After speaking with the rest of the UK CRM team and some of our CRM support folks, there seems to be a lot of confusion surrounding Microsoft CRM 3.0 product license keys, and in particular when and where to use the 90-day trial keys, MSDN development/test keys and Volume License keys.
After answering variations on this question several times over, I figured I would save some time and post my thoughts on this subject.
First of all let’s take a look at the 90-trial keys that came with the Early Access Program (pre-release) version of Microsoft CRM 3.0. At the end of October 2005 we published CRM 3.0 (v3.0.5295.0) on http://www.mscrmearlyaccess.com for customers and partners to start testing before the final version became available. We also provided two 90-day trial keys, one for Small Business Edition and one for Professional Edition:
- P3676-2VQVX-HT6HV-QC3VC-6RVMW – 100,000 User Professional Edition 90 Day Trial.
- M4K6M-QG2P6-Y2JX3-QKJK2-C3TRJ – 75 User Small Business Edition 90 Day Trial.
Now it just so happened that when the RTM (Release To Manufacturing) version of CRM 3.0 (v3.0.5300.0) became available on 1st December, customers and partners could use these keys quite happily. This was great as it enabled a number of trial projects to kick of before customers had to commit to buying full licences.
On January 31st 2006 we issued new 90-day trial keys for customers and partners to use:
WHY97-9KFTH-76M7Y-JTVC4-62B78 – 100,000 User Professional Edition 90 Day Trial
M2234-2PCBR-T9Y6R-KJG3V-Y7GRJ – 75 User Small Business Edition 90 Day Trial
These are the officially sanctioned trial license keys, and everyone should be using these instead of the Early Access Program keys. The benefit of these trial keys is that anytime during the 90-day period, you can simply upgrade to a full license key using the Microsoft CRM Deployment Manager tool. No re-installation is required.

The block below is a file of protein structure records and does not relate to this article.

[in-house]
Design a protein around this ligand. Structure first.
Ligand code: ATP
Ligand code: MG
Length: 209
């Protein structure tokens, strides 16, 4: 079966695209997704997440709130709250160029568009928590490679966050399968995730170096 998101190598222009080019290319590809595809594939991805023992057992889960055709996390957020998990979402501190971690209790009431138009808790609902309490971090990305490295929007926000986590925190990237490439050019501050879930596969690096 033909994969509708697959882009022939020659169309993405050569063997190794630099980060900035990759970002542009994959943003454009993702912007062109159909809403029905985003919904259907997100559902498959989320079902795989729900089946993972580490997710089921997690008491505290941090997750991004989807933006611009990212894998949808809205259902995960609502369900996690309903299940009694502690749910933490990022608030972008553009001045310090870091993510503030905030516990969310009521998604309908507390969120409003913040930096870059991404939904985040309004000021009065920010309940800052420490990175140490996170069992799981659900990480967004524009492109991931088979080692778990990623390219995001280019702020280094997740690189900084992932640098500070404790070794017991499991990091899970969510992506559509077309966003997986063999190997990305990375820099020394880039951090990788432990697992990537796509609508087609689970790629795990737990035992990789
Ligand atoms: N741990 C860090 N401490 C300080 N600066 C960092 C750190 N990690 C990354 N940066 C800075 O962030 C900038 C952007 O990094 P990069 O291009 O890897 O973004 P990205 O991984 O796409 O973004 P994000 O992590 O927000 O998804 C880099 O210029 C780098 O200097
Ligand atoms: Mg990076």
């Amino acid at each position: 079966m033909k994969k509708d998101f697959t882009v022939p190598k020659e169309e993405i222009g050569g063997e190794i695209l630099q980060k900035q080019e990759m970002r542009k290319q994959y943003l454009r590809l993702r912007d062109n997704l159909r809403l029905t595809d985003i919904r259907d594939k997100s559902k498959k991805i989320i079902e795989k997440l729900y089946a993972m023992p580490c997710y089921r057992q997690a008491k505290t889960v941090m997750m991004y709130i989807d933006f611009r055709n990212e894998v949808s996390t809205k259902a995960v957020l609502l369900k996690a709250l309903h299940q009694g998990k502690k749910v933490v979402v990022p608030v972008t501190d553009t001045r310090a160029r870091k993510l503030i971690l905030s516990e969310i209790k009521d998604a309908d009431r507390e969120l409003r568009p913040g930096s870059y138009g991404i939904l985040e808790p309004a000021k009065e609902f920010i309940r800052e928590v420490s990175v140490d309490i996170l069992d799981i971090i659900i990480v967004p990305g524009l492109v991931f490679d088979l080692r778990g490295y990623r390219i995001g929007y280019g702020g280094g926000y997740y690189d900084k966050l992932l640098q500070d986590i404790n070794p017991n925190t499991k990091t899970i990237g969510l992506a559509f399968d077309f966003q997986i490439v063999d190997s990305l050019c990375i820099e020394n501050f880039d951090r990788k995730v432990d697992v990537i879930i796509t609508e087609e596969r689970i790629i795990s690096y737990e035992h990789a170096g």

This brings me on to the keys available to MSDN Universal subscribers. As part of an MSDN Universal subscription (http://msdn.microsoft.com/subscriptions/licensing/default.aspx), you get access to virtually all Microsoft software for the purposes of development, test & demonstration only. As most Microsoft software requires a license key of some sort, your subscription also provides you with a set of keys, and we provided two, 10-user, perpetual (i.e. there is no expiry date) CRM 3.0 keys, one for Small Business Edition and one for Professional Edition.
Although, I can’t provide you with the complete keys here as you need to buy an MSDN Universal subscription in order to receive them, I will give you the first and last 5-digits so you can check in Microsoft CRM Deployment Manager if you are using these keys:
D2Q47-*****-*****-*****-3C8H8 – 10 User Professional Edition
TD7BB-*****-*****-*****-QTQYW – 10 User Small Business Edition
Now here’s the important point. You cannot upgrade these to a full license key, Deployment Manager simply won’t let you. I have spoken with several partners who have used these keys as part of a proof of concept, but have had to completely re-install CRM (and any data they had migrated) for the production environment.
I cannot stress this enough. If you think you will need to upgrade you CRM test/pilot/proof-of-concept system to a production system, then use the 90-day trial key and not the MSDN key.
One other important point to note is that you cannot upgrade from the Small Business Edition 90-day trial key to a full Professional Edition key or vice-versa. Again, you need to plan ahead to avoid a complete re-installation.
The final point I would like to make surround the issue of license keys and volume licensing. If you buy Microsoft CRM 3.0 through a volume licensing program such as “Open”, “Select” or an “Enterprise Agreement (EA)”, then you will only receive a single, 25-digit license key for an unlimited number of users (in the case of Microsoft CRM 3.0 unlimited = 100,000 users). “Open” customers will receive this license key on the media they get when they first order Microsoft CRM whereas “Select” and “EA” customers get the key as part of their monthly box of Microsoft media.
Customers can then use any number of user licenses, and declare this to Microsoft who update their licensing agreement to reflect the new number, No new media or keys are required.
Hopefully this will help you understand which keys you should use and when to use them. If you have any comments, please feel free to add them below, and I will keep this posting up to date with any relevant information.
This posting is provided “AS IS” with no warranties, and confers no rights.